Two years ago, I would not have imagined reviewing a projector product priced upward of Rs 200,000 and pegged at individual home customers rather than corporate enterprises. But so much has changed in recent months: multiplexes fitted to elevate the whole theatrical experience with technologies like 4K ( while making it much costlier!) and the cinema industry regularly offering products in 3-D , while DVDs are simultaneously available in high definition formats like Bluray...
There is an entire class of consumers which prefers to do its movie watching in the comfort of the home -- yet is not willing to compromise on the quality of the experience. Epson got the message quite early -- which is why its line of projectors has broadened from those geared mainly for corporate presentations to include home theatre projectors. The flagship of this consumer category is the Epson EH-TW8200, a full high definition ( 1080p) as well as a 3-D projector with some thoughtful design features which seem to have escaped the attention of other manufacturers.
Epson is the inventor and 'godfather' of the 3-LCD class of digital projectors -- the other competing technology is the Texas Instruments-created Digital Light Processing or DLP system. It would be difficult for most of us to tell the difference when the same movie is projected by these two rival systems, but the experts continue to claim that one or the other is better. From my limited understanding, I have gathered that 3-LCD might have the edge in light output and colour -- but the price to pay is a heavier equipment, since the light passes through 3 separate LCD panels that show the image for that color. The projector then recombines the light into a single full-color image and projects it through the lens.. much like an LCD-LED TV does. Well the EH-TW8200 is no lightweight at 8.4 kg so presumably this is the price you pay for a better image.
There is not that much 3-D content out there so to ensure you still get value for spending money on a 3-D projector, Epson has included the ability to interpolate a normal 2-D movie and create a 3-D experience out of it. This is obviously not the same as a movie shot in 3-D where the director gets to insert set pieces where various objects seem to fly straight at you... but it's an acceptable experience.
If you have tried to set up a projector at home you will know that it can be a hassle to get the machine exactly square with the surface. The slightest tilt and the image on the screen skews. Epson has provided a 47 % horizontal shift option in addition to some 96 % vertical, which should take care of this problem. Again, they provide a zoom range of 2.1x which means that having adjusted the image to your screen, you can then tweak it a bit for that razor sharp focus.
I also like the nice design touch where the exhaust vents face towards the front rather the customary rear position. Now you don't have to sit with the fan noise ( and heat!) blasting away towards you!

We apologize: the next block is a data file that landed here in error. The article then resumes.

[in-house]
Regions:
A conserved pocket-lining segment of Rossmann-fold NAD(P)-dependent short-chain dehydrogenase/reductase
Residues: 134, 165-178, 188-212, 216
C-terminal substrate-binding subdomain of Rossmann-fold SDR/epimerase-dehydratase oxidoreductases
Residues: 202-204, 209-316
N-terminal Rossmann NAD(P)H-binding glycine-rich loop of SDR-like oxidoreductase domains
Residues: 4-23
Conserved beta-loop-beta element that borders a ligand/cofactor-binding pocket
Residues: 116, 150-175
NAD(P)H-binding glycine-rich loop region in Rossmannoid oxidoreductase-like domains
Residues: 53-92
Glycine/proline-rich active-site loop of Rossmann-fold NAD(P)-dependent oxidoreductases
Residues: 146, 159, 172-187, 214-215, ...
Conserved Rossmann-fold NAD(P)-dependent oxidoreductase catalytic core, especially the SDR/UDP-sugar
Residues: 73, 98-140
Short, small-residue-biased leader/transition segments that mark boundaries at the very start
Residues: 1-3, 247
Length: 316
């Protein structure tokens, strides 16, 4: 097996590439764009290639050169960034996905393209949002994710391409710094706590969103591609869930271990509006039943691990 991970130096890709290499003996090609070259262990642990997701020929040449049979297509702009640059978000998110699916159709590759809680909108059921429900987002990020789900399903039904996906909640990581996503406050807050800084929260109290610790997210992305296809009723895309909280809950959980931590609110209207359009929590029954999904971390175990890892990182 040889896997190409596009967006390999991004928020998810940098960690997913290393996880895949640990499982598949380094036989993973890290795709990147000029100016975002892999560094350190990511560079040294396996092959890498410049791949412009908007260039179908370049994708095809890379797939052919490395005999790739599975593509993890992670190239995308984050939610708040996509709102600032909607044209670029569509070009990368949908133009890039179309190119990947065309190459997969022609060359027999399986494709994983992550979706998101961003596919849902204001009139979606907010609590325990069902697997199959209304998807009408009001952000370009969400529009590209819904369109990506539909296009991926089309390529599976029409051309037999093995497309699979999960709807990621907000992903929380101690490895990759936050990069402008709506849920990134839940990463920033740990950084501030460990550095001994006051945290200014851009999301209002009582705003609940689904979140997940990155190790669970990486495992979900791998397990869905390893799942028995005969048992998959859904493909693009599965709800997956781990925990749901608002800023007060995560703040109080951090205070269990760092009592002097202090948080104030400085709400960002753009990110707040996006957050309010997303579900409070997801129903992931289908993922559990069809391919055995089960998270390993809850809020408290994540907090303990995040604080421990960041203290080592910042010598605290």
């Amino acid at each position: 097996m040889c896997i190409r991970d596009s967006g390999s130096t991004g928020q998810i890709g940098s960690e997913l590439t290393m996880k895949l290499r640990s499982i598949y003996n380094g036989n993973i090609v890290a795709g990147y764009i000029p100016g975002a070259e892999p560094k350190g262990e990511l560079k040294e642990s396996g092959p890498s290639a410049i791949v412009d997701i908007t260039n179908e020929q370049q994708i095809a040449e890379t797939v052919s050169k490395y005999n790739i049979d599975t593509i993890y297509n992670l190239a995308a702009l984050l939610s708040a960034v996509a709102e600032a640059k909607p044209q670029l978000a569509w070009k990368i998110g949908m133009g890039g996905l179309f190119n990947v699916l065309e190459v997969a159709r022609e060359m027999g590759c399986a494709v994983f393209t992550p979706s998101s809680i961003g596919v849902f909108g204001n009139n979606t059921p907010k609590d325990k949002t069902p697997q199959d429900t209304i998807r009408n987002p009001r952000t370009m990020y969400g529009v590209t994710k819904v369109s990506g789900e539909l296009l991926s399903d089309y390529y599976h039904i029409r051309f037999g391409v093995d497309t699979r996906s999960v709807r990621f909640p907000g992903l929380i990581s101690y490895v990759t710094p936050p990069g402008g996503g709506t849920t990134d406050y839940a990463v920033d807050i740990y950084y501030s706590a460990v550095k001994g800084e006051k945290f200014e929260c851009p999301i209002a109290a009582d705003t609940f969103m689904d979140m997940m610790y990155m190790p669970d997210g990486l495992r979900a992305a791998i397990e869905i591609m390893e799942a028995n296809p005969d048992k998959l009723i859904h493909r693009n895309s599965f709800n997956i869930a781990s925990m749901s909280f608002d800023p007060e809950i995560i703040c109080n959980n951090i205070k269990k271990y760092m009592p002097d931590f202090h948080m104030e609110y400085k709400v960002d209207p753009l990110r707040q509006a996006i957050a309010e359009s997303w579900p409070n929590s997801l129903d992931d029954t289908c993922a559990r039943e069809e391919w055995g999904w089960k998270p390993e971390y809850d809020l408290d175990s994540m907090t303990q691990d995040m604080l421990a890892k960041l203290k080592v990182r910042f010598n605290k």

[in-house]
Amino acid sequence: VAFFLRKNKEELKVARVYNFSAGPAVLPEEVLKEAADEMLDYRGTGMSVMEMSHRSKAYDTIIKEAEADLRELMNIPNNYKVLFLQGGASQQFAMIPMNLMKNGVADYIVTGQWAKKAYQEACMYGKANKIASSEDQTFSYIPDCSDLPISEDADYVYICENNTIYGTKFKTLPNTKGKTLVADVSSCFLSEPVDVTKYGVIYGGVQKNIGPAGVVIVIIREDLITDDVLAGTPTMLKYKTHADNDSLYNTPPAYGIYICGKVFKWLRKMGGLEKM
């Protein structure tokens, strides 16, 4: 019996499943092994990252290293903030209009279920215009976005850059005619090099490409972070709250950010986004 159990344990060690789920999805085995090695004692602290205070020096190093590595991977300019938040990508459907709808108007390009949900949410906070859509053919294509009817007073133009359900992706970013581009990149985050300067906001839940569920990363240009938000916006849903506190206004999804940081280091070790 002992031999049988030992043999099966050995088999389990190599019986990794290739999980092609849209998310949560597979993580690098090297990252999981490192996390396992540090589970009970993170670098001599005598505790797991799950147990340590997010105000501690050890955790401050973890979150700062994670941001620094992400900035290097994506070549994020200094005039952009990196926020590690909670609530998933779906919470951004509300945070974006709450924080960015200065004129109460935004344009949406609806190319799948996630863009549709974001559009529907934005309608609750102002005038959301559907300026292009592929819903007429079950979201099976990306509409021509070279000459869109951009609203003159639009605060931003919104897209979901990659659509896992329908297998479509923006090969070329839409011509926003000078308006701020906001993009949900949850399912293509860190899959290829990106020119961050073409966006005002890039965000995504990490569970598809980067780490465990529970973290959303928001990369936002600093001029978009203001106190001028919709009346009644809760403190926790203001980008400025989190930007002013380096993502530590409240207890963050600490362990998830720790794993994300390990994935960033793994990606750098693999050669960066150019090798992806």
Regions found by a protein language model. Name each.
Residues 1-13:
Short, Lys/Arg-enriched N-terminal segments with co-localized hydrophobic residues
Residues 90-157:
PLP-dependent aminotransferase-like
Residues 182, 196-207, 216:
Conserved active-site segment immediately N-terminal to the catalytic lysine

The spec sheet will tell you the colour brightness is 2400 lumen and the contrast ratio is 6,00,000:1. Let's face it, we don't go around with meters measuring such things. For me the subjective experience is what matters -- and after viewing a few of my favourite things on DVD on the EH-TW8200, I can say it was way, way beyond what I had experienced viewing the same disks through a DVD player, on my 32 inch TV. Of course, the experience also depends on the quality of audio amplifiers and speakers you use with the projector.
The screen size can be adjusted from 30 inches diagonal to 300 inches, though you would have to have a very large room to project a 300 inch image -- that's 25 feet diagonal... as big as some 35mm theatre screens. The short focal length means the projector can be as close as 10 feet to a 100 inch diagonal screen... which is great if your room is small. I must also admit to not having any true 3-D collateral and so I can't speak for that experience.
Other touches include a picture-in-picture facility, if you choose to split the screen. HDMI and composite video connectivity is standard as are the video formats supported. The system consumes some 300 watts of energy which drops to .39W while in standby.
The asking price is Rs. 233, 599 and at that price I think they might have offered two RF 3-D glasses rather than one. I am also assuming anyone who spends this money on a superior projector would spend a good amount on the audio system and speakers as well. That's a matter of purse and preference; as far as the EH-TW8200 is concerned, I think this is as good as it gets when trying to replicate the best theatrical movie experience for the home. Anand Parthasarathy December 30 2013